The Carpet Bagger's Journal — moving from NYC to Mississippi

July 24, 2010

Vulture Shock

A giant vulture has moved in down the street.  There goes the neighborhood.  I’ve always been in favor of integration, but biodiversity has seemed highly suspect to me.

My new neighbor

On Earth Day, in NYC, I sometimes used to go to parks and receive pamphlets about saving the planet.  I did this with about as much gusto as I went to Wigstock, the drag queen festival, to a Bolivian cultural day I once wandered into, and a variety of other demonstrations and cultural manifestations.  New York, that glorious mosaic has two or three festivals going on every non-blizzard day of the year in its streets and parks.  I was always up for enlightening myself, raising my awareness — whatever.  Earth day was only that.

Despite it being a politically incorrect sentiment, I always agreed with Katherine Hepburn’s character in The African Queen, who said, “Nature, Mister Alnaught, is what we were put here to rise above.”

In New York, that rising above normally takes place at least several floors above the sidewalks.  Nature is penned in, given its own day,Earth Day,  like the Bolivian cultural day, which represents a tile in that glorious mosaic, not that New York is secretly La Paz.  Yes, a tree grows in Brooklyn, but trust me, that tree is either in a city park, a diminutive back yard, or in a circle of soil surrounded by sidewalk.

Getting dirty in New York means either a sex shop tour followed by brunch at Restaurant O  or soot and dust — not soil all over one’s immaculate True Religion jeans.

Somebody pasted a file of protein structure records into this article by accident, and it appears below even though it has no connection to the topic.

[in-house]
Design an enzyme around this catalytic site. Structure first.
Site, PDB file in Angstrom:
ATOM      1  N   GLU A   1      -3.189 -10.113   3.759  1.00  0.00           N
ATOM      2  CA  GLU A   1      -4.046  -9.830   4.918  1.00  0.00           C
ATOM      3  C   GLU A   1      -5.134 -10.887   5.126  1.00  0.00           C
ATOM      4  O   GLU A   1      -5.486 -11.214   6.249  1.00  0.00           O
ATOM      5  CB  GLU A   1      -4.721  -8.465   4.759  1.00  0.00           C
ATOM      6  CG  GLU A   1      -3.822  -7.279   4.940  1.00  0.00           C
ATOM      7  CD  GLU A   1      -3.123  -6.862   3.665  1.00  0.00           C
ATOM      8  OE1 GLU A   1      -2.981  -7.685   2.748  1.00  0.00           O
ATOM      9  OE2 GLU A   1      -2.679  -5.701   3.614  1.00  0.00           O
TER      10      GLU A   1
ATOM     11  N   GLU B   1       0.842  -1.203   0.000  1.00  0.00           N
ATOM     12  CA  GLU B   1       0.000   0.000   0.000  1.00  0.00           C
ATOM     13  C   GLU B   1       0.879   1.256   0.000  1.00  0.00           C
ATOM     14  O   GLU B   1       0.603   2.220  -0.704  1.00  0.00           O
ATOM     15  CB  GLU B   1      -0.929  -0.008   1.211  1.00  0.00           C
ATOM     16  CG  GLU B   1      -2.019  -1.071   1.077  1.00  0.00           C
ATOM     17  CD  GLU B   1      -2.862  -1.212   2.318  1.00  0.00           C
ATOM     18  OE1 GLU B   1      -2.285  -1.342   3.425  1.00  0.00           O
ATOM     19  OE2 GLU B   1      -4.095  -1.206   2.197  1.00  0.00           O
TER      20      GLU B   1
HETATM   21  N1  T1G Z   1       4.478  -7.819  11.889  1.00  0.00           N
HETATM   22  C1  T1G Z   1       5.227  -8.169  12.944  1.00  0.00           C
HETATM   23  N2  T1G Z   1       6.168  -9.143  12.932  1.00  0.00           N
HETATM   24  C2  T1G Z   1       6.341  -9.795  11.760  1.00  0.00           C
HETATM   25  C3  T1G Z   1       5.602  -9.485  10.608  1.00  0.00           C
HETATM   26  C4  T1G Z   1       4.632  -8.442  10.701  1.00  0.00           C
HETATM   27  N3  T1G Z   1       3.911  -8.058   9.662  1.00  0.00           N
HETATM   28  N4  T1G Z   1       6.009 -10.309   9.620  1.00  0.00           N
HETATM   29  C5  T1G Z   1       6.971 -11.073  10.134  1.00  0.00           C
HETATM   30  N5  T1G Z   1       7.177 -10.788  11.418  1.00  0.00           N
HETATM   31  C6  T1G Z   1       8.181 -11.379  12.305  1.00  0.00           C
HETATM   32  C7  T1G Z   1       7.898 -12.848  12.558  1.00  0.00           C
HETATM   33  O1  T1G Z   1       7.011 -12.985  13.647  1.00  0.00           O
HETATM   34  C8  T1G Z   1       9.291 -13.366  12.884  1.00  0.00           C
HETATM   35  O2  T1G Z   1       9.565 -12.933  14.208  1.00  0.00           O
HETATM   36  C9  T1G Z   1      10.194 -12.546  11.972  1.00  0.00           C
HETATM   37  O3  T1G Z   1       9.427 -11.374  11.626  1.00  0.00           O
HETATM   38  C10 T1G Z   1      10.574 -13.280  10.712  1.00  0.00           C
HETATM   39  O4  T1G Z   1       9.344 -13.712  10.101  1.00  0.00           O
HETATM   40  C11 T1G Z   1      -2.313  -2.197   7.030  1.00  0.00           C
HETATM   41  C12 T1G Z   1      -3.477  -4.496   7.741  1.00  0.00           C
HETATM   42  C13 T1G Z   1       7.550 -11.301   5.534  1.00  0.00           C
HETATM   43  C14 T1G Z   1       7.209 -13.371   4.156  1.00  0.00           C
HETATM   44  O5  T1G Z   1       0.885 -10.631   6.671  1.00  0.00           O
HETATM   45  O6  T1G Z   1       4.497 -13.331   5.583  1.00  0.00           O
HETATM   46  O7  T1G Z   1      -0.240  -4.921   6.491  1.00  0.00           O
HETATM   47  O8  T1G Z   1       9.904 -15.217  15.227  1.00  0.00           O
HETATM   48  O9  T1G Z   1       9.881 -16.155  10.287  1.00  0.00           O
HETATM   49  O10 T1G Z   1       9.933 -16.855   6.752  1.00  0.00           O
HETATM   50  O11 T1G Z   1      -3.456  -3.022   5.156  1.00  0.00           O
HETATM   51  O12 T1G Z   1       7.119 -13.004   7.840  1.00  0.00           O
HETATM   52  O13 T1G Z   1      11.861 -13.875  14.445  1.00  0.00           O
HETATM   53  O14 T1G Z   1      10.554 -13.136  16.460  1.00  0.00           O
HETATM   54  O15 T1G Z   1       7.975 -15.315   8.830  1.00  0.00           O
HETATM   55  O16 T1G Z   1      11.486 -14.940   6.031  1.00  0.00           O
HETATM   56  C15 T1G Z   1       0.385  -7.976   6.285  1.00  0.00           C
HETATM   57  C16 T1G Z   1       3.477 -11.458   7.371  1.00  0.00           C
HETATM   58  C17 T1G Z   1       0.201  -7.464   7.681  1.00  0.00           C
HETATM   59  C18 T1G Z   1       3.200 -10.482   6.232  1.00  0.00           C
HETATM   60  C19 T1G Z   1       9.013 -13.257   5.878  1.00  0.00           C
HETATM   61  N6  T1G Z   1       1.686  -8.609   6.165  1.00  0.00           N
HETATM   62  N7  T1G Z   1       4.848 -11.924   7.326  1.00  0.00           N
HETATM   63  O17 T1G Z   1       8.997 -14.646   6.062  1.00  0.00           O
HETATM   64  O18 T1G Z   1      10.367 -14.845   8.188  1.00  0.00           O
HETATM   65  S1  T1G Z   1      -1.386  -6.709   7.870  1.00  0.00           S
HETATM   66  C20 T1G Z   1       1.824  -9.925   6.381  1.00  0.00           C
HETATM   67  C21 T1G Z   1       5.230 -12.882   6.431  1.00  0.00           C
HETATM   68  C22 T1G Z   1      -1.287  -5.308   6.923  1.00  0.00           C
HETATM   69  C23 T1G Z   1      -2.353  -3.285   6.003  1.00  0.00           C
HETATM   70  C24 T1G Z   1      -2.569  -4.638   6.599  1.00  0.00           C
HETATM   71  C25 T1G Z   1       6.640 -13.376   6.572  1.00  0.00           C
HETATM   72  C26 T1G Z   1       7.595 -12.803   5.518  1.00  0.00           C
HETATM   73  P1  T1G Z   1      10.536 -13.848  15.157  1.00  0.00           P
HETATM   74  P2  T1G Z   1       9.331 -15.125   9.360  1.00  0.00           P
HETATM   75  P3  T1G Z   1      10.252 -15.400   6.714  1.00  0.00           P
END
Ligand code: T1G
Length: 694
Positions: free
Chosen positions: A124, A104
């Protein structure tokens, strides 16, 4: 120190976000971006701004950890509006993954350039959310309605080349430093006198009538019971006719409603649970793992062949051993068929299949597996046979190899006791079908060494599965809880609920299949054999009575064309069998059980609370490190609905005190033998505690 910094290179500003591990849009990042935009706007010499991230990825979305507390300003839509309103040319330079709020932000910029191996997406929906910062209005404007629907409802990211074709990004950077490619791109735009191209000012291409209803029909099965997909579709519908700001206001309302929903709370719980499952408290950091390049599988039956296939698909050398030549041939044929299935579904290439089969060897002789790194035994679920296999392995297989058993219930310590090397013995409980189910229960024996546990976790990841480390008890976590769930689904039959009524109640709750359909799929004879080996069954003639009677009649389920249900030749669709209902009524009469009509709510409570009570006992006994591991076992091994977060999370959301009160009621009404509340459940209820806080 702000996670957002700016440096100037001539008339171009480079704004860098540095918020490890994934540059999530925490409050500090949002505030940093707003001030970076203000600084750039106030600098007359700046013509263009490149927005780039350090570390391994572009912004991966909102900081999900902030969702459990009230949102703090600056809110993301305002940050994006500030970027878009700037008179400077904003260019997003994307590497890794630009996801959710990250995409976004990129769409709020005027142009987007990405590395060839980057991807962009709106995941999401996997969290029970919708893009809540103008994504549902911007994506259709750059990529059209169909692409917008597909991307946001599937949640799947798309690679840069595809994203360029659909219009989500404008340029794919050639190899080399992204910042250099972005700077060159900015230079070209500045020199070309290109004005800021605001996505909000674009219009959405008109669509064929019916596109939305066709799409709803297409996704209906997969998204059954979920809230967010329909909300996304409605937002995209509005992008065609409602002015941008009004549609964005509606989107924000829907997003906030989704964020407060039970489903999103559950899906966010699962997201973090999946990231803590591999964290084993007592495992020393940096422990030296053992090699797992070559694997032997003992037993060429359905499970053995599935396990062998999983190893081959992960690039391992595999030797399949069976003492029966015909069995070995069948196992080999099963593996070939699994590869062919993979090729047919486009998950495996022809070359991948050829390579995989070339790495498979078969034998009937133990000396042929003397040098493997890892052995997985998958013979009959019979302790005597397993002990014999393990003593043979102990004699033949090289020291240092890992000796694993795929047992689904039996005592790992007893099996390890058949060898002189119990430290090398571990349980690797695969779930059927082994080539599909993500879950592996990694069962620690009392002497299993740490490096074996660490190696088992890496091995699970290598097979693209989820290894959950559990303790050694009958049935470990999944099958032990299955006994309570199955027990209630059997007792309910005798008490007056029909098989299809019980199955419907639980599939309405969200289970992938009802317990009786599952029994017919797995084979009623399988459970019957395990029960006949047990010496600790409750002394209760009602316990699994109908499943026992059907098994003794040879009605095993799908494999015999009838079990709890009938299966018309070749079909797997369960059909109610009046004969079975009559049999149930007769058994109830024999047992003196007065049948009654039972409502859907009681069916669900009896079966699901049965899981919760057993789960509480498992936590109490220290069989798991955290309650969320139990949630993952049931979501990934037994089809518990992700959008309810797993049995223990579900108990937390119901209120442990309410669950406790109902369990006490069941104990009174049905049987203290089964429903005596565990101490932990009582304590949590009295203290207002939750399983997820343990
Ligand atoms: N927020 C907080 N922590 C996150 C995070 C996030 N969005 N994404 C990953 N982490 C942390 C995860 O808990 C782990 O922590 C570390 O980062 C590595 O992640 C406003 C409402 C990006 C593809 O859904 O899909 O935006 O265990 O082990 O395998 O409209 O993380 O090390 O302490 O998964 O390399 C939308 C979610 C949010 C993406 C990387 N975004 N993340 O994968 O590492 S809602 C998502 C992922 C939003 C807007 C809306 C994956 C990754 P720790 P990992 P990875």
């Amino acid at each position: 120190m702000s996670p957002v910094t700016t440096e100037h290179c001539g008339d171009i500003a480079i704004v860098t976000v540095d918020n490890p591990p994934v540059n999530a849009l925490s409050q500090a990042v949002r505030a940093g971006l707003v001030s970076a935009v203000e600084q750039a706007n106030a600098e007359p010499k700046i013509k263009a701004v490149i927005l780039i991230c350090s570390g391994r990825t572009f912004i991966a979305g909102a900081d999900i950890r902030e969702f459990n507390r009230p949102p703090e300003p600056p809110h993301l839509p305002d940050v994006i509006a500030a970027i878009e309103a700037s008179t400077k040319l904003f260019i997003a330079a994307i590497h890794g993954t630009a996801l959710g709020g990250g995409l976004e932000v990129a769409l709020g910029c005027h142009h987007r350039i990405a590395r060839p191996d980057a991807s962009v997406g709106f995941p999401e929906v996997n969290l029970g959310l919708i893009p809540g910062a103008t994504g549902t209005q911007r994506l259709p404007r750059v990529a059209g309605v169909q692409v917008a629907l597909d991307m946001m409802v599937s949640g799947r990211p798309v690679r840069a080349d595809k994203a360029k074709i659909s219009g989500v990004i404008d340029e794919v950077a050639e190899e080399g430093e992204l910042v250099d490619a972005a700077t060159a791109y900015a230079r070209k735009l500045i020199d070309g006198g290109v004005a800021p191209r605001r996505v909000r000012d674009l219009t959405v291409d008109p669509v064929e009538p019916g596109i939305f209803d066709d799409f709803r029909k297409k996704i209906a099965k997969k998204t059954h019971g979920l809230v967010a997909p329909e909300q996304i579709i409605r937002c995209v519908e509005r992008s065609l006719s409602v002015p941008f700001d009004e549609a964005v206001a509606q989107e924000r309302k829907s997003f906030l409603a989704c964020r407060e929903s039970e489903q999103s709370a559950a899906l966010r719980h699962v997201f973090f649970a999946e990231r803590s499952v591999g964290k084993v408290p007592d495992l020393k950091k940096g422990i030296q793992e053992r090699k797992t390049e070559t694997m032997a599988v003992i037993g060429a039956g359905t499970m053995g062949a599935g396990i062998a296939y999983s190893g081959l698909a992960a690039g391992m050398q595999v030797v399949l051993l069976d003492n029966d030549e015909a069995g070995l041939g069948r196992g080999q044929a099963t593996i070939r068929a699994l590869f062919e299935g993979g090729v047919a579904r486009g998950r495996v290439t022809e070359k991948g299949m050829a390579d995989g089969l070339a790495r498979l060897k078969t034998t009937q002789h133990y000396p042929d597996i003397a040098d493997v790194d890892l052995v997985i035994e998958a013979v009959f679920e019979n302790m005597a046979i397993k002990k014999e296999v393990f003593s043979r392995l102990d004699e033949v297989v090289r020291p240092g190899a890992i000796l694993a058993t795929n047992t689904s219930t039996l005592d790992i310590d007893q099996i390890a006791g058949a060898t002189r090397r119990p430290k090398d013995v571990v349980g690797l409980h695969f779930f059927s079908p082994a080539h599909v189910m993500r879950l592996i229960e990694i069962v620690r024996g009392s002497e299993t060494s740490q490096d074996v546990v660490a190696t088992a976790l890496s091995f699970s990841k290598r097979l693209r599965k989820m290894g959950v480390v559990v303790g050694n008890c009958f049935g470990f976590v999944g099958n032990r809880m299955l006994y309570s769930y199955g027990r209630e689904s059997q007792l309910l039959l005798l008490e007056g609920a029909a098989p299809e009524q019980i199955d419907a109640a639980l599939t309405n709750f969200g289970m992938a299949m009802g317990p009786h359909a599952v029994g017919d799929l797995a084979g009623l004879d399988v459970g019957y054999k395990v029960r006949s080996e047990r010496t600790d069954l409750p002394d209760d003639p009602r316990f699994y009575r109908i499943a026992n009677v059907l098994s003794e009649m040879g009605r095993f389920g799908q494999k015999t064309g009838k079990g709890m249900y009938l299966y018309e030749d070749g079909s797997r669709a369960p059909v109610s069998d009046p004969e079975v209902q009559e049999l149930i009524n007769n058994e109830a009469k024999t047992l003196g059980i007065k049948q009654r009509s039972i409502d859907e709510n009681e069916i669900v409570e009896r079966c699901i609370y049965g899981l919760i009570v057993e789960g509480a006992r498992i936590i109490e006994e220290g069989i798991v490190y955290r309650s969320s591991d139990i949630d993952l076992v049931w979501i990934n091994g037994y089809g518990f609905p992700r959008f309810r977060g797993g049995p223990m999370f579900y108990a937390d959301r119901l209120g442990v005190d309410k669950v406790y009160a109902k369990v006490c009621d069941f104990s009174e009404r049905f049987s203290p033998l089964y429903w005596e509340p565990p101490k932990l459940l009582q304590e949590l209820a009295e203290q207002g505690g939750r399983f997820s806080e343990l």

However, every day in Vicksburg is Earth Day, and honestly, it’s starting to freak me out a little.  I mean, in Genesis, God gave Adam dominion over the animals, and I take it on good authority that I’m his distant relative.  Here, I am exposed to all that cute wildlife that used to be visible to me only if I took a very long bus ride to the Bronx Zoo.  I’m surrounded.

Since I moved here to Mississippi, in my own very, very large by Brooklyn standards (3/4 of an acre) back yard or less than a hundred yards from it, I have seen the following creatures parading around, looking like they owned the place:

  • Chipmunks
  • Squirrels
  • Deer
  • Possums
  • Raccoons
  • Hawks
  • Vultures
  • Turtles
  • Snakes
  • Bats
  • All kinds of bugs, I mean all kinds.
  • Yeti

Okay, I’m kidding about the Yeti, but we’re talking about MY backyard!  With my husband, I own this place!  Haven’t these creatures been given notice of my property lines?

I am not sure I’m ready for all this Jack London living.  I am not so much a To Build a Fire kind of a person than a To Build an Art Colony type.

And yet, all this biodiversity seems to have its limits — our planet is in crisis, just like Al Gore warned us.  From what I remember from high school biology, in an ecosystem, symbiosis occurs, creating an interdependency of existence.  Yet, in my back yard, this seems to have hit a speed bump.  The bugs attract bats, the bats attract goth kids, normally, but I’ve seen nary a goth kid since I moved here, and this in the season where those Twilight Saga films have made such an impact on our youth!  The deer might attract Dick Cheney and his hunting buddies, but he hasn’t been by, either.  Maybe the goth kids and the Dick Cheneys repel each other.  I think that explains why this ecosystem has yet to attract larger creatures.

Perhaps I am living a rustic, bucolic existence, in recluse, like Salinger, from all the hustle and bustle.  I think that this is true — there is no hustle and bustle, but in the bushes at night, inevitably, there’s a rustle.

At first this really intimidated me.  One night before I married him, my husband noticed I was slightly nervous in what is now our back yard at night.  The darkness around here at night is thick, embracing, and at night, there are all kinds of noises emanating from the dark, rustles and chirps, buzzings and flappings.

He teased me, “I guess now would be a good time to tell you about the vampire bugs out here.”

I laughed and told him I didn’t believe they existed.  Now, one vulture living in a tree later, just down the street, I’m not so sure.

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